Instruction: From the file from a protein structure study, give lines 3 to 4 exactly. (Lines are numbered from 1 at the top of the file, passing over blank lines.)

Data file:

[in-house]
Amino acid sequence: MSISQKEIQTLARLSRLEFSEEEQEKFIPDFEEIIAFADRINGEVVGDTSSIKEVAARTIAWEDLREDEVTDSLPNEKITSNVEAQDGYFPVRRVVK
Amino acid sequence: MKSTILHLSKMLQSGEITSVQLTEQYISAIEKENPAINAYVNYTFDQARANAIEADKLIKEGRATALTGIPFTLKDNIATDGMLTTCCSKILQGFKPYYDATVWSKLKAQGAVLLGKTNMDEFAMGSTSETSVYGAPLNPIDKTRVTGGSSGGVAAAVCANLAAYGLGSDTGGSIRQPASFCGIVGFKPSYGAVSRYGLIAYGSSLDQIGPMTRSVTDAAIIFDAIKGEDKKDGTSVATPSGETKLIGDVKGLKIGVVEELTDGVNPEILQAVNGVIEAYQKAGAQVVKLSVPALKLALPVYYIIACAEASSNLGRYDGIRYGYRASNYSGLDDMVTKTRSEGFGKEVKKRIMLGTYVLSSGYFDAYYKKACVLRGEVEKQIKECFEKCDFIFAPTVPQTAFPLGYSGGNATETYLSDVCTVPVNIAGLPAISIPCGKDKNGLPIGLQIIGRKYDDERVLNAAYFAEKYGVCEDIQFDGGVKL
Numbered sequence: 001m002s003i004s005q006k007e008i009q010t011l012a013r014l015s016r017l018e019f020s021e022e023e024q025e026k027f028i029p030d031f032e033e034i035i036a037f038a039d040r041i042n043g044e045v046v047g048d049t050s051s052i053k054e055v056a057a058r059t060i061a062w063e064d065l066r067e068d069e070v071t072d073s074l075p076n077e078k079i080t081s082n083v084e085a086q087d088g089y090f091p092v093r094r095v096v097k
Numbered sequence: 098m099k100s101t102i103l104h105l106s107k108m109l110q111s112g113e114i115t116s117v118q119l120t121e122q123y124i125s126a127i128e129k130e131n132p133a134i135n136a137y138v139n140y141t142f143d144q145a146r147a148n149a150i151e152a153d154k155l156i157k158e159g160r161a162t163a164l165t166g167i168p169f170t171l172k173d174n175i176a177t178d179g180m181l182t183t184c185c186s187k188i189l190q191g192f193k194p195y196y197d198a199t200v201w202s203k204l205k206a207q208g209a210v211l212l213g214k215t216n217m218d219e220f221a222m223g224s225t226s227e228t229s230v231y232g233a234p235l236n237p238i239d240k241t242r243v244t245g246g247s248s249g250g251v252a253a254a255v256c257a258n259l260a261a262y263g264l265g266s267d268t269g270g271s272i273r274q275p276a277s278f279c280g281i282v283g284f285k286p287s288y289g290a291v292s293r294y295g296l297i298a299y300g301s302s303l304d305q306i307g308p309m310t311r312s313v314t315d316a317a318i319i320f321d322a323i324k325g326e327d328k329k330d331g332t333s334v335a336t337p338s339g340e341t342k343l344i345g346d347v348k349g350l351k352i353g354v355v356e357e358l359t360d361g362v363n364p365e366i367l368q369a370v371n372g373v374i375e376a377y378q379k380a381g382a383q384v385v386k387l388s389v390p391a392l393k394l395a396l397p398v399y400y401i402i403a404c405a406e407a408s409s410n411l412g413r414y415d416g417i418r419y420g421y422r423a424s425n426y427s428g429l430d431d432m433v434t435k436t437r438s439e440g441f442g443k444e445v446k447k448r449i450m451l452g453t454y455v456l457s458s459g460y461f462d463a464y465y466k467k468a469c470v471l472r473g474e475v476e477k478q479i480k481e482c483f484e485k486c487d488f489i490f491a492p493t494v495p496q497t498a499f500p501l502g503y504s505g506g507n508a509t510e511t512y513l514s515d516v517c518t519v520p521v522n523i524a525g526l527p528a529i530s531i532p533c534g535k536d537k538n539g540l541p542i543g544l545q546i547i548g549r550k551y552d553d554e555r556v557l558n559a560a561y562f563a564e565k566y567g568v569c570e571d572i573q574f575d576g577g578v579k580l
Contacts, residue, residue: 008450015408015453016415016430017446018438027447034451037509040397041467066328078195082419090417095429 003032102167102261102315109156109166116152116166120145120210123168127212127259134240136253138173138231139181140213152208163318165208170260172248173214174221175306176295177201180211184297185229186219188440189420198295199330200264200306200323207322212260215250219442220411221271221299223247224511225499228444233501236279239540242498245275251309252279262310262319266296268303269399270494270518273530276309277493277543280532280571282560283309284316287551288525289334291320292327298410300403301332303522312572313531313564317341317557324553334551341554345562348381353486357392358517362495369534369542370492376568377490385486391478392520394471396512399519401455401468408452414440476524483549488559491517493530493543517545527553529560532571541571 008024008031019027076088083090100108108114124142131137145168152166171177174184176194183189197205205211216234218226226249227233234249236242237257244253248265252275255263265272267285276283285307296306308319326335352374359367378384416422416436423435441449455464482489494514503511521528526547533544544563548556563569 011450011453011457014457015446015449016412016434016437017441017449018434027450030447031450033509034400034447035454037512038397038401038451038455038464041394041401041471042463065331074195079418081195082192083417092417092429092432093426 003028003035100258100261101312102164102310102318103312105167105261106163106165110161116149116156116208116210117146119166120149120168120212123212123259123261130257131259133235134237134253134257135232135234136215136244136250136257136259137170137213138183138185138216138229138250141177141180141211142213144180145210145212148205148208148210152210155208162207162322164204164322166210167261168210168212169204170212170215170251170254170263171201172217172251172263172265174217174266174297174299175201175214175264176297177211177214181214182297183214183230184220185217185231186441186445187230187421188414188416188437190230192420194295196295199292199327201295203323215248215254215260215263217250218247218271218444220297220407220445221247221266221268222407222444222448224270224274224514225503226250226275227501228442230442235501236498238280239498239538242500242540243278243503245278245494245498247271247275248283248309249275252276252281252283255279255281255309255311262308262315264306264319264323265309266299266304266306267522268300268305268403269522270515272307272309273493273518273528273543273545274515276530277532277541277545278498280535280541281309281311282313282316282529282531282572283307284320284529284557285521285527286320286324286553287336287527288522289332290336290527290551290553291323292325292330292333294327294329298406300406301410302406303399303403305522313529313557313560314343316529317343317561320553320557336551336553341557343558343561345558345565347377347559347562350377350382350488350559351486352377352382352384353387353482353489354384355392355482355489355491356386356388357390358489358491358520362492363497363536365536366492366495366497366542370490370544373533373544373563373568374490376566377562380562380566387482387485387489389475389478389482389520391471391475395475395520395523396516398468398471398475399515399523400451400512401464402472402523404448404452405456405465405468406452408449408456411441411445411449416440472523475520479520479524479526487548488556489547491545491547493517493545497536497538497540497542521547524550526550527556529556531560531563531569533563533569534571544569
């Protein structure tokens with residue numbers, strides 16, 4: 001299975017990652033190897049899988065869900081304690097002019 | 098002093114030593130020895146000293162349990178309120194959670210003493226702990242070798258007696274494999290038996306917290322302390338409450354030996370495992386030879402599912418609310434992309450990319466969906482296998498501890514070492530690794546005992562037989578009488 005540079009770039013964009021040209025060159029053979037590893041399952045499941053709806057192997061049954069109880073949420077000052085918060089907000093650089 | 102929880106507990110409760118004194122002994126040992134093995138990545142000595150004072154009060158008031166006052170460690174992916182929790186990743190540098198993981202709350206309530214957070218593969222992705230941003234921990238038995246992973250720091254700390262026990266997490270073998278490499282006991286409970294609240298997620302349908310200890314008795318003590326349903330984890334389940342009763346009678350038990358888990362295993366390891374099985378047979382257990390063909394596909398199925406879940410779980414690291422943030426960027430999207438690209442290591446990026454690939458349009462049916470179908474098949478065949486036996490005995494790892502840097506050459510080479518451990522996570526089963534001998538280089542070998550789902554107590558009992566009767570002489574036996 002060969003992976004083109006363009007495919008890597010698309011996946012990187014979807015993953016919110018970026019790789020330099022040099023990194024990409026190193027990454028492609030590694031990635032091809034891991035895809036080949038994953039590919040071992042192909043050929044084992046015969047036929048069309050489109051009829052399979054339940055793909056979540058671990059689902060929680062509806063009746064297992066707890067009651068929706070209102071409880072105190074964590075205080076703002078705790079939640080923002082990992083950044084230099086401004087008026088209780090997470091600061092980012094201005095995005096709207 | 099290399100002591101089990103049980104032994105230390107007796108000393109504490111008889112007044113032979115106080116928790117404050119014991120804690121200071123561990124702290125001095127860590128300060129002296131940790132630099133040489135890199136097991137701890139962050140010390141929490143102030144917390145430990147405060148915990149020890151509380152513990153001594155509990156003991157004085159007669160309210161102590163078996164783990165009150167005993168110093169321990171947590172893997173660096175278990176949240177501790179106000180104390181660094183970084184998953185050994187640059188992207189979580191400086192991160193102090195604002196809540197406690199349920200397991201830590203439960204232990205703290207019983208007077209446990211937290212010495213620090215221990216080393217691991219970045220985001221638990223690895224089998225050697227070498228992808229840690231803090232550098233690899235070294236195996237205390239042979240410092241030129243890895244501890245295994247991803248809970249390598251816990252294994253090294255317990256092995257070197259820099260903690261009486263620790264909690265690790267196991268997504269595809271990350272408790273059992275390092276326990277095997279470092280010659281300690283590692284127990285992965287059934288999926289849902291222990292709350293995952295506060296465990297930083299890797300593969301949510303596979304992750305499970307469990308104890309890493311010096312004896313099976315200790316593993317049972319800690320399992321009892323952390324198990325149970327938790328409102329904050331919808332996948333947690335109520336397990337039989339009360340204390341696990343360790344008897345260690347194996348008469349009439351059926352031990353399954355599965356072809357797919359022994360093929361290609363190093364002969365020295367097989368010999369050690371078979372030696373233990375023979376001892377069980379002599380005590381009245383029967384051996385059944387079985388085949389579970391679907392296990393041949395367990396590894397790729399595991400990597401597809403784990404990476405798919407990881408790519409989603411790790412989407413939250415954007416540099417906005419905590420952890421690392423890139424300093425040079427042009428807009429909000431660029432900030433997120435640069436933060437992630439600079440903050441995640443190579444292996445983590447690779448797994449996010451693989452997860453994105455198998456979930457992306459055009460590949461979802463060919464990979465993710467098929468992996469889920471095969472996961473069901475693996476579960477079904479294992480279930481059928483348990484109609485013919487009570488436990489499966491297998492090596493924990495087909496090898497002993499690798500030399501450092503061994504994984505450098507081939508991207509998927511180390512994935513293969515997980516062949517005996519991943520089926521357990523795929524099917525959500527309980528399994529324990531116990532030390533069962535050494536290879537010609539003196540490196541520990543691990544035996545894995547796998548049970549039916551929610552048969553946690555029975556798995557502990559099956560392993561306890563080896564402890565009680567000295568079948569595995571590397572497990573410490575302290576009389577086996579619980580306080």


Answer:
Amino acid sequence: MKSTILHLSKMLQSGEITSVQLTEQYISAIEKENPAINAYVNYTFDQARANAIEADKLIKEGRATALTGIPFTLKDNIATDGMLTTCCSKILQGFKPYYDATVWSKLKAQGAVLLGKTNMDEFAMGSTSETSVYGAPLNPIDKTRVTGGSSGGVAAAVCANLAAYGLGSDTGGSIRQPASFCGIVGFKPSYGAVSRYGLIAYGSSLDQIGPMTRSVTDAAIIFDAIKGEDKKDGTSVATPSGETKLIGDVKGLKIGVVEELTDGVNPEILQAVNGVIEAYQKAGAQVVKLSVPALKLALPVYYIIACAEASSNLGRYDGIRYGYRASNYSGLDDMVTKTRSEGFGKEVKKRIMLGTYVLSSGYFDAYYKKACVLRGEVEKQIKECFEKCDFIFAPTVPQTAFPLGYSGGNATETYLSDVCTVPVNIAGLPAISIPCGKDKNGLPIGLQIIGRKYDDERVLNAAYFAEKYGVCEDIQFDGGVKL
Numbered sequence: 001m002s003i004s005q006k007e008i009q010t011l012a013r014l015s016r017l018e019f020s021e022e023e024q025e026k027f028i029p030d031f032e033e034i035i036a037f038a039d040r041i042n043g044e045v046v047g048d049t050s051s052i053k054e055v056a057a058r059t060i061a062w063e064d065l066r067e068d069e070v071t072d073s074l075p076n077e078k079i080t081s082n083v084e085a086q087d088g089y090f091p092v093r094r095v096v097k